Jesus is talking about the Holy Spirit in a very different way than Nicodemus understood it. Jesus is talking about a Spirit that moves and is a part of us. Nicodemus is still thinking about the Spirit as something of God that is loving and supporting and fills people with gifts and powers. Likewise, Nicodemus’ view of the kingdom of God is likely still mainstreamed with his view of a warrior Messiah set to raise a human army and overthrow the Romans. This Zealot view was prominent in first century Palestine. Jesus tries to get him back by telling him that he’s got his mindset all wrong – like Peter, he is focused on earthly things even though Nicodemus should know better as he is a “teacher of Israel” – he of all people should know about the Spirit of God.
How about you and this Holy Spirit? Last week we had Pentecost where the Spirit breathed, moved and created the Church of Jesus. This week we have the prophet Isaiah, the Apostle Paul and Jesus all becoming new creations due to the power and action of the Spirit. How has the Spirit moved in you to move you along your spiritual journey? Are you still at the point of believing with your mind but not the whole of you? If so, you are not alone – many religious folks don’t ever make it past this stage of their development. They support the Church and come when it suits them and at important events like holy days, weddings and funerals. They find themselves going through the motions of church life – it is one more thing to do in an already busy life.
How about those of you who can point to a moment or to a series of events in your life where the Spirit has moved you from belief to faith? That is from belief alone to belief plus trust in God that led to action? This is where the brothers Wesley were so many years ago this week. They were good and somewhat capable priests in the Church of England, but their ministries were unremarkable. Once they received their rebirth from above, nothing was ever the same again. Suddenly, trusting in the forgiveness of Jesus, the brothers were able to lead the revitalization movement that ultimately resulted in a new denomination, the Methodist Episcopal Church in 1784.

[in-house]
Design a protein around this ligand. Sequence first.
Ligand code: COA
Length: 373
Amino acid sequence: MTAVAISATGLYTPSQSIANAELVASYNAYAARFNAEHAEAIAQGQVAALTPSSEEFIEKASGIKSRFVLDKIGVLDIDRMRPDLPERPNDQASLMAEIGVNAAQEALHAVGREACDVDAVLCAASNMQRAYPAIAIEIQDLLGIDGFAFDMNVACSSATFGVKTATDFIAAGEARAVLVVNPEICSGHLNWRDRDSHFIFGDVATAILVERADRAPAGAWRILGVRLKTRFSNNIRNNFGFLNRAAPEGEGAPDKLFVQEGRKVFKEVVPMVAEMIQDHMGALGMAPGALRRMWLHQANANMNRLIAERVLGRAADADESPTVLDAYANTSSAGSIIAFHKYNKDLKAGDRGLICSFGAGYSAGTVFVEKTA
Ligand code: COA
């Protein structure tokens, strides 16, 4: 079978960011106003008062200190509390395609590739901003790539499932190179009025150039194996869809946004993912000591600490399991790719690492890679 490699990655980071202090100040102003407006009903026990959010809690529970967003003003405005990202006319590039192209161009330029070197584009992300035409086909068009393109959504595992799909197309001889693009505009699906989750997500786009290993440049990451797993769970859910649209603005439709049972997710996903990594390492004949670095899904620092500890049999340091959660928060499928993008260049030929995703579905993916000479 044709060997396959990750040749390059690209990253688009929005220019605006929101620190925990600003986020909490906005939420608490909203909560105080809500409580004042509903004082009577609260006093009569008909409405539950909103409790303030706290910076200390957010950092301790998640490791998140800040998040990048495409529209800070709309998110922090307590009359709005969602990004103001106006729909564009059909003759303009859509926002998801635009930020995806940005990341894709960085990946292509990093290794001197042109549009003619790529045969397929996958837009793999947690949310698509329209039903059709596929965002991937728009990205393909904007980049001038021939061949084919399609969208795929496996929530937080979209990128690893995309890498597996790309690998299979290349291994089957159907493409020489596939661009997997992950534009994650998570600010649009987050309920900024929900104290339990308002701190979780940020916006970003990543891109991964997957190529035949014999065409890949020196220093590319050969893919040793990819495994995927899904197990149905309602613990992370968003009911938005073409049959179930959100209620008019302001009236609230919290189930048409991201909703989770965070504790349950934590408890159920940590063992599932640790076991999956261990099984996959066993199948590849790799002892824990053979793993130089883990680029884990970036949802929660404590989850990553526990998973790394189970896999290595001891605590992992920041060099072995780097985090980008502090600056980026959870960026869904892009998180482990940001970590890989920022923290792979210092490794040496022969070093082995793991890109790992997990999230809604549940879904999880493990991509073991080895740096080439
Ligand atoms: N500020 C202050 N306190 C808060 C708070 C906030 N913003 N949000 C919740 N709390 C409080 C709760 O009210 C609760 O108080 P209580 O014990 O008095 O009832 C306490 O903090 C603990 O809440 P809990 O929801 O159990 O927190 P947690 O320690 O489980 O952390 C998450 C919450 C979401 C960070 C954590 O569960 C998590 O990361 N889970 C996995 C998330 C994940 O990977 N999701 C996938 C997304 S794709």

There are times, friends, when we must suspend our rational minds and allow God’s Spirit to work within us so that we might become new creations. Opening yourself up to the Spirit requires that you release control of things in your life to God. This is difficult to do until the moment that you are overcome by the Spirit and you feel peace and love and safety. At that moment, you will understand your adoption by God and you will notice that the most important thing is figuring out how it is that your energies, time, talents and resources can be used by God for the betterment of humankind.
This week I was at a minister’s meeting and Karen Coppage came to talk about the vision that she had for addressing needs in Madison County. She is calling it “Madison Helping Madison” and will seek to raise work teams from all business entities and churches and folks like the Ruritans, Elks, etc, to work on the problems that are endemic to Madison County. She is talking about making changes together with others who may have never heard the gospel. Yet, they are predisposed to good works by that same Holy Spirit that is working within you. When we allow the Holy Spirit access to our very lives, we find that phenomenal creations appear. Things like MESA, Restore Madison, Habitat for Humanity, UMCOR, Camp Unakite, Wounded Warriors, and countless others.
My prayer for all of us is that the Holy Spirit will continue to work to change our unbelief to belief and our belief into faith. Once we are all born again from above, we will be focused on things from above and God will move in a powerful way to save the whole world through Jesus the Christ. All God’s adopted children said…AMEN!